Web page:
He said it’s imperative to push back and buy time for Hong Kong residents to vote this fall in their legislative elections, which might allow them to send a strong pro-democracy message.

“[These Beijing actions would be] the final nail in the coffin in terms of Hong Kong’s autonomy,” Mulroney said.

“It’s very late in the day. But it’s not too late.”

Mulroney identified three broad sets of actions the U.S. and allies might take:

— Migration: Protesters should be reassured, Mulroney said, that they would be allowed to enter the U.S. if they have been arrested for political dissent. 

Trump’s national security adviser Robert O’Brien said in a weekend interview with NBC that he expects an exodus of financial capital and human talent from Hong Kong: “You’re … going to have a terrible brain drain.”

Bishop, however, said he doubts Trump would open the immigration floodgates — he’s actually restricting immigration during the pandemic.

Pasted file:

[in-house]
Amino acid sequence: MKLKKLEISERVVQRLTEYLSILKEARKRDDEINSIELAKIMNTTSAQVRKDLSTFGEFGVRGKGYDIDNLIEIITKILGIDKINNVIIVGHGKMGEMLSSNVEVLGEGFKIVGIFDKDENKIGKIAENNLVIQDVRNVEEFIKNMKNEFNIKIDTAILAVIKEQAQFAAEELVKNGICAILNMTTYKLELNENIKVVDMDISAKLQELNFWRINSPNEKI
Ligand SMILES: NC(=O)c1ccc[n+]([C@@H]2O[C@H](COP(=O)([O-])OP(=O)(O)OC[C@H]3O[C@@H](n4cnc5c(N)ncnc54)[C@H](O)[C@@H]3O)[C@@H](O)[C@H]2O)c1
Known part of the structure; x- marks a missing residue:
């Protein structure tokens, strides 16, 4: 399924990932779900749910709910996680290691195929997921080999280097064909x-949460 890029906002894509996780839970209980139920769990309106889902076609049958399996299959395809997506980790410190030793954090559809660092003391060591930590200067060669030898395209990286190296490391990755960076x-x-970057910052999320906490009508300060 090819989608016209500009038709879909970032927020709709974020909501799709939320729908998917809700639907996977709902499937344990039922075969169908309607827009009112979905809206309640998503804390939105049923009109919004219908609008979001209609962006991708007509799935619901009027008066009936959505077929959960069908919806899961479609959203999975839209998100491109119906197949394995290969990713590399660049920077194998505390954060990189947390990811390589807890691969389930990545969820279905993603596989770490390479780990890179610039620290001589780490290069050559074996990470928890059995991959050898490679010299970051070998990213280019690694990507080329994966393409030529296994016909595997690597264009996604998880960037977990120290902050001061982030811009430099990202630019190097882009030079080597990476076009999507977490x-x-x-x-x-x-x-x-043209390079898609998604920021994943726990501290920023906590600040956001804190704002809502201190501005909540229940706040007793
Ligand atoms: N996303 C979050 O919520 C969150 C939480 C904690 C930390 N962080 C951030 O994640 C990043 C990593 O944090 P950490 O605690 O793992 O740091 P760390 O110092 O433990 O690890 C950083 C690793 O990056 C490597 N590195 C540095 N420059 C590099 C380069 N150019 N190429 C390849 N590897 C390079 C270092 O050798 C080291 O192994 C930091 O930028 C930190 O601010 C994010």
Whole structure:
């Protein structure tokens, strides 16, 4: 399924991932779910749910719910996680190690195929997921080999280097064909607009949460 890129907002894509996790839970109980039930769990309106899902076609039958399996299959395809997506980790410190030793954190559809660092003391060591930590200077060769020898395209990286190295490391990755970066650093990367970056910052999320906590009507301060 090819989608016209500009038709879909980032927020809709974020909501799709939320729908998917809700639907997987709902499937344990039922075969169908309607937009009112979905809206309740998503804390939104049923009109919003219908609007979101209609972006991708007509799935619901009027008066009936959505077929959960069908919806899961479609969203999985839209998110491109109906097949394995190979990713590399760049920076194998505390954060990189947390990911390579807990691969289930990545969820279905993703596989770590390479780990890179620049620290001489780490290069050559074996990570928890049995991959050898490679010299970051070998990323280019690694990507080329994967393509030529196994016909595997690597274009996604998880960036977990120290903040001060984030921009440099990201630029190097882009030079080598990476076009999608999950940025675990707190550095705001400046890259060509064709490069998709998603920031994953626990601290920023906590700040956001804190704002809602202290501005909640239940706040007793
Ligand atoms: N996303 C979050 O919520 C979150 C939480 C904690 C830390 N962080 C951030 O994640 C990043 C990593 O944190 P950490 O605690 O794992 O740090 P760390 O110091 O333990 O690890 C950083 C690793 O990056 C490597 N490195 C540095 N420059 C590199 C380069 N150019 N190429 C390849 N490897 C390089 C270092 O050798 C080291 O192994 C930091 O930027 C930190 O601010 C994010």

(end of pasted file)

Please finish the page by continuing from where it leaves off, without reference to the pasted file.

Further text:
— Sanctions: Mulroney said the U.S. and allies could freeze assets and deny entry to rights-violators.

Bonnie Glaser of the Washington-based Center for Strategic and International Studies said there could be targeted sanctions against entities and individuals who violate the terms of the 1984 U.K.-China agreement.

The agreement promised Hong Kong a high degree of autonomy for 50 years after the transfer, meaning until 2047.

— Stripping Hong Kong’s status: Under the 1992 U.S.-Hong Kong Policy Act, the United States treats the region as distinct from China. The agreement allows for freer trade and travel. 

Hong Kong’s last British governor, Chris Patten, sits with U.S. Secretary of State Madeleine Albright during a June 30, 1997, banquet for the handover of the territory to China. (Reuters file)

Now, under a U.S. law passed recently with near-unanimous support, the State Department must report each year to Congress on whether Hong Kong still deserves that special status, based on its current political, media and legal freedoms.

Stripping that status would be “the nuclear option,” Glaser said, triggering a chain-reaction of consequences for businesses and individuals.

Canadians would feel it, too, Ong said.

Any pension fund, capital market or business with interests in Hong Kong would be affected.